The WaPo editorial board’s biggest problem with the “rough justice” foreclosure fraud settlement is that robo-signing is a “victimless crime” because all those people were behind on their payments anyway, and that lucky duckies foreclosed upon might be getting $2,000 erroneously. That’s the media we have.
Put aside the looming presence of servicer-driven defaults, fee pyramiding and other forms of abuse that drove people into foreclosure. In the world of WaPo, all defendants in criminal cases “guilty of something” would go to jail, regardless of prosecutorial misconduct. This is a recipe for law enforcement to use any and all means to send suspects to jail: in particular, manufacturing evidence. Well, just substitute bank servicers and their allies for law enforcement and that’s what we’re talking about here.
And to grouse about $2,000 to someone who lost their entire livelihood amid a vast system of criminality… I mean, even Lorne Michaels offered the Beatles $3,000 to reunite. We’re talking about the token of tokens. That’s the bare minimum you would expect to recover for families in any Fair Debt Collection Practices case. It borders on insult. “We stole your home, enjoy the couple months rent.” I haven’t seen one individual, in all the positive comments about the settlement, try to defend that.
I’m aware of the notion that this deal represents a “down payment”. But I don’t think anyone is saying it’s a down payment for those foreclosure victims. People were sold fraudulent mortgages and kicked out of their homes with fraudulent documents. In any criminal case the suspect would be let out of jail based on such prosecutorial negligence. Instead, these people are getting $2,000 and a pat on the head. And they’re only getting it if they sign up expeditiously, so we can expect the clerical errors holding up the payments.
This is the reaction I would expect: [cont’d.]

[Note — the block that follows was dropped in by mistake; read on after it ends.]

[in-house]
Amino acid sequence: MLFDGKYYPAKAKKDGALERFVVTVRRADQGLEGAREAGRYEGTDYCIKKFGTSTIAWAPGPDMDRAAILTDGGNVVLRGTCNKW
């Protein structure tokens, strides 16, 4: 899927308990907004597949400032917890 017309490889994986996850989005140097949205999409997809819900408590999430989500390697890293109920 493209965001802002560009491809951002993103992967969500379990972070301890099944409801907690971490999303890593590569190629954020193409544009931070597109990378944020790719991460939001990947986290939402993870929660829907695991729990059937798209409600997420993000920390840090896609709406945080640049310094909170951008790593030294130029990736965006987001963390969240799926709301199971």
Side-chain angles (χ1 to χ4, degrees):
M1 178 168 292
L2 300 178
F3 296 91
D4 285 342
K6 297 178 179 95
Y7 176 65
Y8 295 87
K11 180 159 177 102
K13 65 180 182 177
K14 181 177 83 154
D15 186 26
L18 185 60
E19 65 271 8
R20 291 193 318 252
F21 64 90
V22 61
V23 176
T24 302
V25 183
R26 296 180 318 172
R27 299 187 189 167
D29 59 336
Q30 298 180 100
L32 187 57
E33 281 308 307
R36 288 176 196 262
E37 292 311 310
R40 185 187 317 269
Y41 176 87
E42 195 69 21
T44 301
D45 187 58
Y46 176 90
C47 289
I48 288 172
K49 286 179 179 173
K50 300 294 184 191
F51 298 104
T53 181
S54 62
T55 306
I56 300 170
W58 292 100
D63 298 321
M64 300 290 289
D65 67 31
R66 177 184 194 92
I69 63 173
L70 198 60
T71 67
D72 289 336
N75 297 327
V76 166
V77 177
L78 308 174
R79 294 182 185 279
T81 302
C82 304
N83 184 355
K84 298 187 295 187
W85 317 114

On September 25, 2010, Monica and Ricardo Zapata should have been out celebrating their tenth wedding anniversary, or enjoying a candlelight dinner inside their five-bedroom home 30 minutes inland from West Palm Beach, Fla.
Instead, the couple packed and left their dream house behind. After two failed attempts at a mortgage modification and what the Zapatas describe as a suspiciously timed foreclosure sale, the bank managing their loan ordered the couple and their two children out. That day, the Zapatas lost more than $100,000 in mortgage payments. In the months that led up to the foreclosure and those that followed, they also racked up thousands of dollars in stress-related medical bills and family loans. Ally Financial, whose predecessor, GMAC, handled the Zapatas’ mortgage, declined to comment on the details of the Zapatas’ claims.
Now, under the terms of a government settlement with Ally and four other companies that allegedly mismanaged millions of loans and introduced fraud to the foreclosure process, nearly 2 million homeowners are slated to receive a negotiated measure of justice. About 1 million homeowners who owe their banks more than their homes are worth will be eligible for a principle balance or interest rate reduction, making it less likely that these people will default. Another 775,000 borrowers who lost their homes between 2008 and 2011 will be eligible for a one-time payment of up to $2,000 […]
“I try to be a grateful person, really I do,” said Monica Zapata. “But it’s almost a slap in the face when you consider everything we’ve been through.”
Go read the whole thing to see the ordeal. The Zapatas are one of many hundreds of thousands of American families who have gone through this. I’ve talked to them. I’ve shared their stories.
The good news is that borrowers do not release claims in exchange for a payment. The bad news is that they have had their financial lives ruined and cannot exactly afford the legal team to actually act on those claims. The money paid directly to states in the settlement could go to legal aid, but it also could go to fill some budget hole.
I’m actually going to have a more constructive piece at some point today, with some ideas for how to make the best of this settlement. But I keep looking at that $2,000. As Yves Smith said yesterday, “We’ve now set a price for forgeries and fabricating documents. It’s $2000 per loan.” Yep, upend 300 years of established land title practice, pay $2,000, get out of trouble. It’s a weird, inverted kind of Monopoly.